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Building a Small Entertainment Center

Building a Curved Cabinet

The next step is to build the top. I want a finished thickness of 1 1/4 inches, so I'll use a piece of 3/4" F.X.P., and add a piece of ultra light M.D.F. around the edges. I also want the top to fit over the cabinet, hiding any gaps that could be visible while seated nearby. This requires attaching the "build up" strips, laying the top in place, and drawing around the cabinet. It's then a matter of cutting out the shape, taking care to cut it out. I used the scroll saw for this, but a band saw or jig saw would be fine.

 
 
 
 

With the cutout made, and the top test fit, I marked around the cabinet using a scribe, marking the desired overhang. I cut this with a jig saw, taking care to stay outside the line. I then sanded to the line. It is far safer to do it this way, then it is to try to cut it exactly on the line.

Cabinet edge build up Rough cut top

Satisfied with the overall apperance, I sanded to my lines, and veneered the edge with Ebony, using the same ironing technique. Deciding what to do with the top itself is another issue. I would prefer to do some sort of marquetry, while my wife would prefer something very plain. Kind of like when she's cooking hamburgers. I want a plain 'ole fashioned hamburger, but my wife wants to make some sort of Gourmet Burger, which when finished, looks noting like a hamburger, and certainly doesn't tast like it. So, with that in mind, a simple top it is.

Working with large pieces of satinwood is like working with the devil. (I think my wife knew that when she picked it). It is so brittle, if you look at it hard, it will split down a 10 foot piece, and splinter along the way, so fixing it is quite impossible. There are so many variations to the hardness of it along the grain lines, it's like working with a combination of three different woods, all mixed together. Each time I do something with it I swear it will be the last time. I wish I had a better memory.

Getting ready for the vacuum bag.  Testing the bag for leaks  Installing spacers under the top 

The vacuum bag requires a platen with saw kerfs cut into it, for the workpiece to sit on. This lets the vacumm to get all the air out of the bag. It's also good idea to ALWAYS test the vacuum bag BEFORE glung your pieces. After the glue has been applied, it's a very poor time to find out there's a problem. I installed a temporary spacer on the underside of the top to prevent the vacuum from either crushing the top, or at the very least deforming it, by creating a bow in the middle.

Normally, I trim the veneer to about 1/2" larger than the substrate, but a lack of time prevented it, this time around. I did use a platen on the top, which was precut to be slightly larger than the top. This prevents the edges from being crushed.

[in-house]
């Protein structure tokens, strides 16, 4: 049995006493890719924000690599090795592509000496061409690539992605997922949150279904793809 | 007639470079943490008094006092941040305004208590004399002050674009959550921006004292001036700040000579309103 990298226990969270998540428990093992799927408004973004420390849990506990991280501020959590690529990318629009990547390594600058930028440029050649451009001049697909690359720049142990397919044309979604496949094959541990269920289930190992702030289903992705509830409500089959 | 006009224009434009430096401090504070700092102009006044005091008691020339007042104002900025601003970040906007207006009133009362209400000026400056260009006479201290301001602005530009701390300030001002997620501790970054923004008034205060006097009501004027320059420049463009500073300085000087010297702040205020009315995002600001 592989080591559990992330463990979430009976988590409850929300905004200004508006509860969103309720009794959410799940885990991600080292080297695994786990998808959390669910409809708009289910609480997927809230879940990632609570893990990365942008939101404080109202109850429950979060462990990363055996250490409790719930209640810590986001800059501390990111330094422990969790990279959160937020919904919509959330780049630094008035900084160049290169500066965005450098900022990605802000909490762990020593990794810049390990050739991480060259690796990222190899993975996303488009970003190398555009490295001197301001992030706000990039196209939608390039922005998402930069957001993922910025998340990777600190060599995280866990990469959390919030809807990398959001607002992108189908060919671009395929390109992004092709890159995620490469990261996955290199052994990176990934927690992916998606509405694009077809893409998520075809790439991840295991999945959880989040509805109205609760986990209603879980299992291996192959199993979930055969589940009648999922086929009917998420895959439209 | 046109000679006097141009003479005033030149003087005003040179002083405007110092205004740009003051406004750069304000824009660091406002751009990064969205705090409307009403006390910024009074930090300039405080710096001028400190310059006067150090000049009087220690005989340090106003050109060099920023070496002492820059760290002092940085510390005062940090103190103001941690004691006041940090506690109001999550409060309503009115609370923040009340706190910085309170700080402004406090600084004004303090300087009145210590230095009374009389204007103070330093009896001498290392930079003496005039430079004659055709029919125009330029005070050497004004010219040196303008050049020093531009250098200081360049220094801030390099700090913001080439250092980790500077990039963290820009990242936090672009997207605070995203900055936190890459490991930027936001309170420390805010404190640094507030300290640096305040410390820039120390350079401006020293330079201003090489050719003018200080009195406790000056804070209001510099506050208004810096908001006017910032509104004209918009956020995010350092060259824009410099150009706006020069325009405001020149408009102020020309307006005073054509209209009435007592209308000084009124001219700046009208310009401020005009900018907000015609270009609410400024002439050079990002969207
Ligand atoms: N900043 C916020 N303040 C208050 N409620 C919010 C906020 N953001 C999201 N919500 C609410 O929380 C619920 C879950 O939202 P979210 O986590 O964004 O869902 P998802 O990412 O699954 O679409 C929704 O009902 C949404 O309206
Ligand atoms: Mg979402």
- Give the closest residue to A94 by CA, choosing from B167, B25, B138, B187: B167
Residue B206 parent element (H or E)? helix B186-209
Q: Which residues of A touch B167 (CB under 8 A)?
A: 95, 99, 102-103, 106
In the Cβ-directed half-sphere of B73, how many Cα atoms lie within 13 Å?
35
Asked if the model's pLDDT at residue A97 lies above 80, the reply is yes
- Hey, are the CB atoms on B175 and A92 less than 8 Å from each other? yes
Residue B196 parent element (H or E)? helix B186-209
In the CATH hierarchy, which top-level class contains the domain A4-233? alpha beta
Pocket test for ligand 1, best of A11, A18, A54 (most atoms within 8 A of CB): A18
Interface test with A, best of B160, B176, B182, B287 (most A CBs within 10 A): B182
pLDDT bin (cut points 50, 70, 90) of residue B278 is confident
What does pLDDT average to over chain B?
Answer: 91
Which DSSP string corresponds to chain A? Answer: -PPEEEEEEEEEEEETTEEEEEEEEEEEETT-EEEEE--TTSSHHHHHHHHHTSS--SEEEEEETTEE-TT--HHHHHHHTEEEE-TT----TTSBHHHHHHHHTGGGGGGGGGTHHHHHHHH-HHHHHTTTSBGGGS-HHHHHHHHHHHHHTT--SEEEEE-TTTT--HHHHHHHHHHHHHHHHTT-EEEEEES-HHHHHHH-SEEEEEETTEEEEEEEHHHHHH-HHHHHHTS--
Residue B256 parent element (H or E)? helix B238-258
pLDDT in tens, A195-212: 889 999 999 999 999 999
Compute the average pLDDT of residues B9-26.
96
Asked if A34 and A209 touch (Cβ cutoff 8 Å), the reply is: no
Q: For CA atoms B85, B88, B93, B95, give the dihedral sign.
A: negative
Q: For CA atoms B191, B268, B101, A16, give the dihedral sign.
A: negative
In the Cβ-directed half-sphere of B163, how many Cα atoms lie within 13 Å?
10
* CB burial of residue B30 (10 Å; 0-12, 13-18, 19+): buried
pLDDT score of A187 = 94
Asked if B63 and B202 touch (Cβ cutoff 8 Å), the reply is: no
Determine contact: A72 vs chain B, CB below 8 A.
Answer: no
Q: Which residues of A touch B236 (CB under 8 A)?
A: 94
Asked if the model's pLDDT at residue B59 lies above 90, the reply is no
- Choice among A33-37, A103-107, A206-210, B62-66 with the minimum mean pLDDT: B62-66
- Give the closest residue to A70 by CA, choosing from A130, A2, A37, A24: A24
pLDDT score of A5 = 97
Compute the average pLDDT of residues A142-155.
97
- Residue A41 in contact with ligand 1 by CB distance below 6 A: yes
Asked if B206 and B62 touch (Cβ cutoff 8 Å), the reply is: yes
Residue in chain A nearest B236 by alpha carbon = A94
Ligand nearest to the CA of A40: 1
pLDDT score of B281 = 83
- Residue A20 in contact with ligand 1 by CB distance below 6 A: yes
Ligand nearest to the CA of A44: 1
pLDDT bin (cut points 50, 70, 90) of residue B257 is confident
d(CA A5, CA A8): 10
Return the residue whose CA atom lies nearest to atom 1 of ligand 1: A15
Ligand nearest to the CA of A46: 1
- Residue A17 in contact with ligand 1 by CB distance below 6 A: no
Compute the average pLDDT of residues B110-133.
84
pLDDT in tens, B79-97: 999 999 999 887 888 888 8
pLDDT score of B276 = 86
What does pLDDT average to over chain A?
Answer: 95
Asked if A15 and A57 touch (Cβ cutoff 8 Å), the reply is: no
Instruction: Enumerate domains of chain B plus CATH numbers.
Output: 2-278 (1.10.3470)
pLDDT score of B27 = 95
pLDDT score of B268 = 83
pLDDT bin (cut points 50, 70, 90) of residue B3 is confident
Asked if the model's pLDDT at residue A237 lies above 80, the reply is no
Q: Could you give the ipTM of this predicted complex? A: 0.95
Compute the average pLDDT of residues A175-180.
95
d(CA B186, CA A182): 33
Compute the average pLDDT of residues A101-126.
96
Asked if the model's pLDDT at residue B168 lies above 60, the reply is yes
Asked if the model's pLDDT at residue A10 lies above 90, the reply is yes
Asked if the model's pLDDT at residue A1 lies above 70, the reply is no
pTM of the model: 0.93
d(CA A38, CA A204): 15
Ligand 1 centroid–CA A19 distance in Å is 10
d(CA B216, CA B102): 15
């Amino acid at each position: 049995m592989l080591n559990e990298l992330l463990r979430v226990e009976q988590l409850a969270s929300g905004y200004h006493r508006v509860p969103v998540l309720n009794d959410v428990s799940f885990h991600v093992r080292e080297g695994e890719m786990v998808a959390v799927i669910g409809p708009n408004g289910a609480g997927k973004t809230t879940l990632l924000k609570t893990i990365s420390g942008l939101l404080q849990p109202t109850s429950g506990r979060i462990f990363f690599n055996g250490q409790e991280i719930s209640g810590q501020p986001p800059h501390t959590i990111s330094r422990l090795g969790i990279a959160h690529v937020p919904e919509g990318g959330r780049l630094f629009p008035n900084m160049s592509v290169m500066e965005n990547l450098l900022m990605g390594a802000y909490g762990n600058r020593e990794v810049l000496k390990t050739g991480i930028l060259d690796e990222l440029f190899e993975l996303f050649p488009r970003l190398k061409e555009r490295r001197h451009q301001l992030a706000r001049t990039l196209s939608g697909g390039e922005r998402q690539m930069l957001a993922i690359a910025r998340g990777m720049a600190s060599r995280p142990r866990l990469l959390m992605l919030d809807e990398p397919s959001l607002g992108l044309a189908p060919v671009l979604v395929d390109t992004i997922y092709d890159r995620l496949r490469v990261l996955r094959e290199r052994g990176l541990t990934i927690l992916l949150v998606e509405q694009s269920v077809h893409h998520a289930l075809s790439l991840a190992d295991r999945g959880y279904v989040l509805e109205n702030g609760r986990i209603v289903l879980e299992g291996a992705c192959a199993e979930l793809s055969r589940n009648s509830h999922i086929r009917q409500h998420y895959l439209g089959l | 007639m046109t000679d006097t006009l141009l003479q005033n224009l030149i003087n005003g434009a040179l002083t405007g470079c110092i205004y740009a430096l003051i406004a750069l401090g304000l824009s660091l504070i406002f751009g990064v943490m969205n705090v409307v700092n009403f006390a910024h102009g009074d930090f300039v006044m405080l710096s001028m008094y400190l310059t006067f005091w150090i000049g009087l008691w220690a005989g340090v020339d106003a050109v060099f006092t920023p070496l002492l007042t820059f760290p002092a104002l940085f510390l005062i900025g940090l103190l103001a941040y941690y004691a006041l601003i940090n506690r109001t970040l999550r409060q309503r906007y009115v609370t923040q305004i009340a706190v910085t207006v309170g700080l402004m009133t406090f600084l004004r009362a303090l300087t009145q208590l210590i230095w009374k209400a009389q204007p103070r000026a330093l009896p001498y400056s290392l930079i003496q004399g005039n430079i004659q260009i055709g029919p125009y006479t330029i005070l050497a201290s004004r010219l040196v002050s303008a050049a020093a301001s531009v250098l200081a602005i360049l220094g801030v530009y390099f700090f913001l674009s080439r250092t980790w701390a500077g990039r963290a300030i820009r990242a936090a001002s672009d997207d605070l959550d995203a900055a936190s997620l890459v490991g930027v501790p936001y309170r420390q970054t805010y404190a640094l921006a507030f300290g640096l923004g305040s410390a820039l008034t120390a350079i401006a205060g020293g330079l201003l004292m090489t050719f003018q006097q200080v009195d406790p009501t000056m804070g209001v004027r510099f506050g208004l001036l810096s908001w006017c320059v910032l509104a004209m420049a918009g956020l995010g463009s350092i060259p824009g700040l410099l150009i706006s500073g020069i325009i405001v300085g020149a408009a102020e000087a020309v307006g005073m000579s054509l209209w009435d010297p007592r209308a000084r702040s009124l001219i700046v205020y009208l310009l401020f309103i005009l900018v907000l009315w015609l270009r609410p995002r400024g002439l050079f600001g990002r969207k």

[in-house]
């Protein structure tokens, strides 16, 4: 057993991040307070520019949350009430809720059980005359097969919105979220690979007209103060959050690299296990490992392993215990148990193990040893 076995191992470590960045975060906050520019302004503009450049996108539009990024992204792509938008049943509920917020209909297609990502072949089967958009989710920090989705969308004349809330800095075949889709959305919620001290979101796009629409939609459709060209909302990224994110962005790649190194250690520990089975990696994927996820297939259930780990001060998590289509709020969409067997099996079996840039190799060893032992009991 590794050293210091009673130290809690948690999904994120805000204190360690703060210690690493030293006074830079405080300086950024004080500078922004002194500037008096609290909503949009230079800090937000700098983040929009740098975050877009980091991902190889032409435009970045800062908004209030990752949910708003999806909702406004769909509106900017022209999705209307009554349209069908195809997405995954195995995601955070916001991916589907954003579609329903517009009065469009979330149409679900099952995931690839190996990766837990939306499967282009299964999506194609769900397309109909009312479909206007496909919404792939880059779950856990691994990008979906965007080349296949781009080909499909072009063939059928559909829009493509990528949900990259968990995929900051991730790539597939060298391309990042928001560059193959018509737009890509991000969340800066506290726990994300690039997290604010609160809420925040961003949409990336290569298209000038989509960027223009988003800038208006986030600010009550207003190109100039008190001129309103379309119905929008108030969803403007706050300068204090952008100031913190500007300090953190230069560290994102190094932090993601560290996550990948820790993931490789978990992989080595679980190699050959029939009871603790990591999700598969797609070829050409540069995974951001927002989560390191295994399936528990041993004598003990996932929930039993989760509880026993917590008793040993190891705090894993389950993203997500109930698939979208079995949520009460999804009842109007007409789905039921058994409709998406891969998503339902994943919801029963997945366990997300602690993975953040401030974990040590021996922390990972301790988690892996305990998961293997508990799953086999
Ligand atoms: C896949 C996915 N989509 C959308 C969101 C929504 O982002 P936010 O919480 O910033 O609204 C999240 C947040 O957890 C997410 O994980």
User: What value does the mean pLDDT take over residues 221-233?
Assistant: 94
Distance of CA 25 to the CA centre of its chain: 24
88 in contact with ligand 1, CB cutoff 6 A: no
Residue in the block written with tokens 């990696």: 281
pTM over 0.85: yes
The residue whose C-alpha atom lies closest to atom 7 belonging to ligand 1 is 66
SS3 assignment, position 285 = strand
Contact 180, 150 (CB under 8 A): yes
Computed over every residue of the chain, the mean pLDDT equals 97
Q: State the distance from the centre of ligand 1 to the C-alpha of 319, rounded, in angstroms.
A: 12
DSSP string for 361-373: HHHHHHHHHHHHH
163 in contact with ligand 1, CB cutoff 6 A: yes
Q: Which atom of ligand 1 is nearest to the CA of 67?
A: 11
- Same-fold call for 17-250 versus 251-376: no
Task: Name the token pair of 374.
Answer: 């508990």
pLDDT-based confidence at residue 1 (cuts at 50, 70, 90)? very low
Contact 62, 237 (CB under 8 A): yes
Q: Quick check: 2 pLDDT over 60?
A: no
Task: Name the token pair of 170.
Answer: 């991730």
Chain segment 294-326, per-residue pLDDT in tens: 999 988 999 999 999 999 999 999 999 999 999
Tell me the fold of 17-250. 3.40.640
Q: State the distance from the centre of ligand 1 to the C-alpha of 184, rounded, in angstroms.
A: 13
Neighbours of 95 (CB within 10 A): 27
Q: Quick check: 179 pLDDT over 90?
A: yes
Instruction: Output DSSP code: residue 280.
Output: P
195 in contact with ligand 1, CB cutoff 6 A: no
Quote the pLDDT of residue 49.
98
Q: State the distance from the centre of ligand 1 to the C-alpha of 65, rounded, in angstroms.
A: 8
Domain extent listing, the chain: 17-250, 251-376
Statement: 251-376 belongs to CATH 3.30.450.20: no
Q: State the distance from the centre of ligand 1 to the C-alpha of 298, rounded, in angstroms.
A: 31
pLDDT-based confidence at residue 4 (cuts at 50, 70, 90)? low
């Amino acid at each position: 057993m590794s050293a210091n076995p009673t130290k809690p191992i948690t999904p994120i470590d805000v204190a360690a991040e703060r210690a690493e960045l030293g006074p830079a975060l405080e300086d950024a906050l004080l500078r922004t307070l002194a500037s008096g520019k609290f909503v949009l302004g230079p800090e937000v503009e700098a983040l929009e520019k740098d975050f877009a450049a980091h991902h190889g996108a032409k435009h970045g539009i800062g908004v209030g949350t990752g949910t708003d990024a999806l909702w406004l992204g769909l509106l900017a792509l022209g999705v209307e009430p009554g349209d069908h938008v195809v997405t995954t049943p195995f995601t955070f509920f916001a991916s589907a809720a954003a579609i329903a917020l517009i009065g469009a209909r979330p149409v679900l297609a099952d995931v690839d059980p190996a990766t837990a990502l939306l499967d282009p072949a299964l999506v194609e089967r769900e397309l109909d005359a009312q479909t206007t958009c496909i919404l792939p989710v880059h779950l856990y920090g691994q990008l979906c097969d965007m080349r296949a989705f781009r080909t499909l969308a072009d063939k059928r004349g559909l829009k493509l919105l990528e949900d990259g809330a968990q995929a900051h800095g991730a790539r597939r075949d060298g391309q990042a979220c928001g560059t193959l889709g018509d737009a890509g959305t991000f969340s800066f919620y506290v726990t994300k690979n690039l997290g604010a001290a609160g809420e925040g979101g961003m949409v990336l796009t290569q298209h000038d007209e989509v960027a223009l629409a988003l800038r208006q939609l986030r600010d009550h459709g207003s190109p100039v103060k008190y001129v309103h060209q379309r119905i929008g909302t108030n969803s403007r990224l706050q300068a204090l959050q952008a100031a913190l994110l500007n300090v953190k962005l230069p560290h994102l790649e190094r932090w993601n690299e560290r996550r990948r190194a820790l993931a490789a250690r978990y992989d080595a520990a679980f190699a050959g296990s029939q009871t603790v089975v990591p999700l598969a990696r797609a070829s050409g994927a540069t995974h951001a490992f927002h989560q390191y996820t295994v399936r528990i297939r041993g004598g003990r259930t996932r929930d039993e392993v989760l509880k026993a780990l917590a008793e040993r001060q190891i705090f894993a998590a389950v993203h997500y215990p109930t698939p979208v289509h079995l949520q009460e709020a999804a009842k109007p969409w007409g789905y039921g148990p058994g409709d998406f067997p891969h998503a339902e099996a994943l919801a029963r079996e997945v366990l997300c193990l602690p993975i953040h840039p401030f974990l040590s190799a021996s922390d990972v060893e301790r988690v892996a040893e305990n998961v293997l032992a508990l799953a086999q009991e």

Having just come in from the shop, where I attempted to glue the layed up top, (a fancy way of saying the pieces were taped tgether to form a larger piece), it entire piece self destructed. It is now in about five seperate pieces. That's more than I started with! since the substrate was also glued, using uni bond 800, I did a quick and dirty field seam, stuck it in the vacuum bag, and drank two beers. Then I made a dash for the house to take a nap. I know when I'm having a bad day, and refuse to deal with it. I just don't need that kind of aggrevation. (at my age). After a few hours, I'll go out, pull the top out of the vacuum bag, and determine the extent of the damage. I may have to start over, but that won't happen today, that's for certain.

Veneer in the bag  Replacement veneer in the bag

Well, just back in from the shop, about 7 hours later. I pulled the top out of the bag and low and behold, it was fine. The quick and dirty joint looked real good, so no harm done. I want to do an ebony border of some sort, not quite decided on that yet but I do know the ends will have a circle of ebony. Once that's done, I'll decide if it needs anything more.

I set up a D - Handled router with an 1/8" mortising bit, on the circle cutting jig, and laid out the circle. Then making a few passes with the router I was able to clean it up with my paring chisels. Since it's now 11:30, I'll clean up the second circle and start the ebony inlay tomorrow. No Point in screwing it up now because I'm tired.

The top out of the bag, with circles routed into it for the border  Border area routed out  Border area veneer cleaned out with paring chisels

 

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